Tech company IBM is slashing 3900 jobs – about 1.5 per cent of its global workforce – following in the footsteps of long list of other companies that have fired thousands of staff in recent months.
The cuts will cost the company around $US300 million ($461m) and will mainly impact its spinoff IT management outfit called Kyndryl as well as a part of its AI unit Watson Health.
It came as IBM’s report for the fourth quarter revealed its cash flow was at $US9.3 billion – below its target of $US10b, with CEO Arvind Krishna blaming factors such as exiting Russia, wage inflation and a strong dollar for the drop.
Yet, quarterly revenue sat at $US16.7b, which was up 6 per cent, leaving many surprised at the cuts.
However, IBM chief financial officer James Kavanaugh told Reuters the company was still “committed to hiring for client-facing research and development”.
IBM’s cuts add to the pile-up of staff that have been let go in recent times.
Last week, Google’s parent company Alphabet become the latest US tech giant to enact large-scale restructuring, announcing that 12,000 jobs would be cut globally.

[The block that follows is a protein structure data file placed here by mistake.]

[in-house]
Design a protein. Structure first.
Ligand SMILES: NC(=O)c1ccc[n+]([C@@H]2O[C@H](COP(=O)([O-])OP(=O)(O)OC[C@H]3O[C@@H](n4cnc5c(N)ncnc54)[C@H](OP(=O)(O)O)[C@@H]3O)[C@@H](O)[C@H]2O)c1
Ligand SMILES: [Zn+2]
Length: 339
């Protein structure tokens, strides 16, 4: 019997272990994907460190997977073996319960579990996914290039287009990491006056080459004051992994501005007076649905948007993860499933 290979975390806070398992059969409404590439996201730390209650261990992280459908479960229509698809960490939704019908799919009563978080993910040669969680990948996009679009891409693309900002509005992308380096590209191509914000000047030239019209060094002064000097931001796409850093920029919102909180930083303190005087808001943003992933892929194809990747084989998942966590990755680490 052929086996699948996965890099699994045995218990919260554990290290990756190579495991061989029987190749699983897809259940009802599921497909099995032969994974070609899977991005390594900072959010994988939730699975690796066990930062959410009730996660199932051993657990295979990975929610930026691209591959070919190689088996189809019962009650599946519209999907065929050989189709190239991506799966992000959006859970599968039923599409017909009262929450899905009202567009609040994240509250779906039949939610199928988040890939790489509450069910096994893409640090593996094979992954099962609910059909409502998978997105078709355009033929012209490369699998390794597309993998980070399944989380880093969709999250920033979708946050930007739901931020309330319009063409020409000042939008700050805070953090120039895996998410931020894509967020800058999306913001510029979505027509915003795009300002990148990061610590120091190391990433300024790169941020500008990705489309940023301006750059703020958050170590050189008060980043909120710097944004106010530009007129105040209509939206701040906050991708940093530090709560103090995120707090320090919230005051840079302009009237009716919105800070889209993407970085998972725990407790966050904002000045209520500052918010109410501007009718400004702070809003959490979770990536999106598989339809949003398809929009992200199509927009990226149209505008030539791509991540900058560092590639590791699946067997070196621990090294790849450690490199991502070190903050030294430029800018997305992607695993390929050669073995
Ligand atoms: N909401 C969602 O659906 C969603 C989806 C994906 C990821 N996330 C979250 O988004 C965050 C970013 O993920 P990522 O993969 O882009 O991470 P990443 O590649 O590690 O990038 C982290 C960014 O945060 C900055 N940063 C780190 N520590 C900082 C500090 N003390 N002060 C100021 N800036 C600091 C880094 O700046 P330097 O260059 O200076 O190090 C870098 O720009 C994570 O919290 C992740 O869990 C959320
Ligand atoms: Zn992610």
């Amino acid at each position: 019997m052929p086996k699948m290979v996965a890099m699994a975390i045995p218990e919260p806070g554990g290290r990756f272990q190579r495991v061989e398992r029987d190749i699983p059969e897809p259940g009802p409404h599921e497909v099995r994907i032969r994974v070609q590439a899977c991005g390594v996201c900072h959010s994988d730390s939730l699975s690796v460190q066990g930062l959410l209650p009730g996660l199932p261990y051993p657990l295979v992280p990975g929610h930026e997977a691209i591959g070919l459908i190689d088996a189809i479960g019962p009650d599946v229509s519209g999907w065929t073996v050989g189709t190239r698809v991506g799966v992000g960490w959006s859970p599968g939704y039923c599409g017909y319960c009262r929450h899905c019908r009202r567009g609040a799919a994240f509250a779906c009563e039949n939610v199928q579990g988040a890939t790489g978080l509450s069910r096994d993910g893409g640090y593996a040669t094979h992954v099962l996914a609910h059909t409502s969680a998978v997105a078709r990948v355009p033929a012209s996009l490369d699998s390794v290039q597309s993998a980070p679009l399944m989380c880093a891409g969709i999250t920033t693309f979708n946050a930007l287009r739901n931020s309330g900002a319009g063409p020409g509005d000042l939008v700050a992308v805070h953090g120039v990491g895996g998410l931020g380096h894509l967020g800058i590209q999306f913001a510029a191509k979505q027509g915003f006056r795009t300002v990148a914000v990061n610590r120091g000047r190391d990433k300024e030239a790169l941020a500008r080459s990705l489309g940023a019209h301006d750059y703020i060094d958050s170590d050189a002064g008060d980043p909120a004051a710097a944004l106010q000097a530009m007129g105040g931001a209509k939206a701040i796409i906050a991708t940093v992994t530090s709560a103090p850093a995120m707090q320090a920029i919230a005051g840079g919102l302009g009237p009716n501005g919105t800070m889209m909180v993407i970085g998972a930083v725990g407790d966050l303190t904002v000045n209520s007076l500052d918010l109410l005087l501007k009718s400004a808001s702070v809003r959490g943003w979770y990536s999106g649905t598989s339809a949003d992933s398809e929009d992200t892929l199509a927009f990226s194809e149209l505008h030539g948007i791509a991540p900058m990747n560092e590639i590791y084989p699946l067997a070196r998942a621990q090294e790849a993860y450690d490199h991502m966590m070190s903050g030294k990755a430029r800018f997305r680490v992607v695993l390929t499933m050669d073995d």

Laid-off workers were reportedly informed by email, though in some cases, they only knew they had been fired once they arrived at work, where their access badges were denied.
Alphabet CEO Sundar Pichai said the cuts were to correct recent “dramatic growth”.
Amazon was set to lay off more than 18,000 of its workers, representing about 6 per cent of the retailer’s overall corporate workforce of 300,000 people.
Microsoft also announced it would lay off 10,000 employees in the coming months as the economic downturn continues to punish US tech giants.
US software company Salesforce also planned to cut 10 per cent of staff, or more than 7000 employees, citing a challenging macro environment.
Even major bank Goldman Sachs was set to sack 3200 staff in the coming weeks in one of its biggest round of job cuts in its more than 150-year history.
Meanwhile, US bank Silvergate was forced to lay off hundreds of staff and sell off assets after it saw $US8b worth of cryptocurrency withdrawn by customers.
According to tech site Layoffs.fyi, nearly 194,000 industry employees have lost their jobs in the US since the beginning of 2022.